Announcing Spring 2013 Exhibitions and Projects
The Studio Museum in Harlem comes alive this spring with the installation of seven new exhibitions and artists’ projects. Traveling to the Studio Museum from the Museum of Contemporary Art Chicago, David Hartt: Stray Light offers an intimate look inside the Johnson Publishing Company’s iconic former headquarters. Fred Wilson: Local Color, Assembly Required: Selections from the Permanent Collection, and Brothers and Sisters all feature highlights from the Studio Museum’s collection, including recently acquired classics, rarely seen masterworks and brand-new innovations. Ayé A. Aton: Space-Time Continuum and Mendi + Keith Obadike: American Cypher present focused looks at recent projects, while Harlem Postcards Spring 2013 continues the Museum’s signature project to bring fresh perspectives to the Harlem landscape. On view March 28 to June 30, 2013, these diverse presentations exemplify the Museum’s commitment to promoting and celebrating the wide range of artistic contributions of artists of African descent and work inspired and influenced by black culture.
Also on view through June 30, 2013
Gordon Parks: A Harlem Family 1967 honors the legacy and the work of late iconic artist and photojournalist Gordon Parks, who would have turned 100 on November 30, 2012. The exhibition, organized by Thelma Golden and Lauren Haynes, will feature approximately thirty black and white photographs of the Fontenelle family, whose lives Parks documented as part of a 1968 LIFE magazine photo essay. A searing portrait of poverty in the United States, the Fontenelle photographs provide a view of Harlem through the narrative of a specific family at a particular moment in time. This intimate exhibition will include all images from the original essay as well as several unpublished images—some which have never been displayed publicly before.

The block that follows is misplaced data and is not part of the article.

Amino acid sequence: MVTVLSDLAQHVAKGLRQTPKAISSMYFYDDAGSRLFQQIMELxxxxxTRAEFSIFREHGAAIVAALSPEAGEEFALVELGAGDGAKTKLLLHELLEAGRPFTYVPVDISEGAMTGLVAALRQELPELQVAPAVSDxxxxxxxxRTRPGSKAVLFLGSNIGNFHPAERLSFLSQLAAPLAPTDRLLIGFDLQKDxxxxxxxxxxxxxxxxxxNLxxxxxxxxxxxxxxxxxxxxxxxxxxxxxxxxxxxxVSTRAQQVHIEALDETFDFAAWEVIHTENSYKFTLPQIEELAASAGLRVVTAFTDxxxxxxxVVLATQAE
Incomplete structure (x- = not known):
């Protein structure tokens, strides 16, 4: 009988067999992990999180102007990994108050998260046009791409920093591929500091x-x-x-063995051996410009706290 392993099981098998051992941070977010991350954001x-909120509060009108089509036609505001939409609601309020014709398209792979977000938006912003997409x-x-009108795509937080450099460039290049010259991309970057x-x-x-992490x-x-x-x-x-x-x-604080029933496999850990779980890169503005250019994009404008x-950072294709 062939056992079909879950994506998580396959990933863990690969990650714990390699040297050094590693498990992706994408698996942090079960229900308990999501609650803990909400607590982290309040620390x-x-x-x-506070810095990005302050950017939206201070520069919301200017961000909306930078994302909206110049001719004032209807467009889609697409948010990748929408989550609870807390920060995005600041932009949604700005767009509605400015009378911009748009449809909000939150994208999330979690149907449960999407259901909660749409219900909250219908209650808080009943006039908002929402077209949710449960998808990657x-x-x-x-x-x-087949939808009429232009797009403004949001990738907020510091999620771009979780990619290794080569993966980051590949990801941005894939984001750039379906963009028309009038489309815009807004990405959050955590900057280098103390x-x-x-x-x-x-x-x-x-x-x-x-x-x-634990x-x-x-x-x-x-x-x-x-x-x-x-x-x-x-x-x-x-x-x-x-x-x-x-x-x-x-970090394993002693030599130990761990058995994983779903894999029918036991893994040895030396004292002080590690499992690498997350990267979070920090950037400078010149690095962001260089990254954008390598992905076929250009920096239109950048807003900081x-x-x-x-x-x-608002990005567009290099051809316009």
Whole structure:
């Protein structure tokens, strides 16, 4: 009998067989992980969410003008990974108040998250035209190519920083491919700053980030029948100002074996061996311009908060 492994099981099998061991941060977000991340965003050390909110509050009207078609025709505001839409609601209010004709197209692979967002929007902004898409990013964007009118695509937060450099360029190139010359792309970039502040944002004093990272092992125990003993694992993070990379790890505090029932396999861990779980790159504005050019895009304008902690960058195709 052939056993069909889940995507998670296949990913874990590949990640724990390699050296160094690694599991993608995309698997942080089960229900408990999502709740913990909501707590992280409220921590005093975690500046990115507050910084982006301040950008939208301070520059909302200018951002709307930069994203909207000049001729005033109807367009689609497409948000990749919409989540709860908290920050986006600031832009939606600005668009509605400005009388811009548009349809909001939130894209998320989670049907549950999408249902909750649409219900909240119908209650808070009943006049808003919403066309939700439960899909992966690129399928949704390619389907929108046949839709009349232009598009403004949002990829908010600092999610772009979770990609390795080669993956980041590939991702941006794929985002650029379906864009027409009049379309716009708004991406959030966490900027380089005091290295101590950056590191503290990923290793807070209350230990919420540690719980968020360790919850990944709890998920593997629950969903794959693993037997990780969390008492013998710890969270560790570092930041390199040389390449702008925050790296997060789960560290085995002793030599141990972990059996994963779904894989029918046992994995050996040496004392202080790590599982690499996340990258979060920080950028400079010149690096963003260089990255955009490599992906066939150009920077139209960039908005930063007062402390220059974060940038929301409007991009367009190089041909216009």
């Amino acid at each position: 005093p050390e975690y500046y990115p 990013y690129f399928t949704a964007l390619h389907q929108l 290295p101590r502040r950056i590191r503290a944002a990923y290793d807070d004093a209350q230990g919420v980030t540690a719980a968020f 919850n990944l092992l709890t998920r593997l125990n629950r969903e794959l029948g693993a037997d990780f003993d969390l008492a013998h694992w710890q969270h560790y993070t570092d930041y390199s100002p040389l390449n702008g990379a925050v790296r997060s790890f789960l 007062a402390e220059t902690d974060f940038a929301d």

Harlem Postcards: Tenth Anniversary represents the enormous, yet nuanced range of images created for the Museum’s signature project series. While many artists have been drawn to the visual vibrancy of Harlem—from its architecture to its colorful commercial goods—others seek to reveal its surprising, less familiar corners, or focus on the histories of Harlem’s different communities. Aiming the camera at the sidewalk, the storefront and the sky, artists have reinvented the notion of what belongs on a postcard, and what it means to represent a neighborhood to those who do not live there. Celebrating the creativity of artists within the set limitations of 4 by 6 inches, this installation displays the postcards as aesthetic rather than functional objects.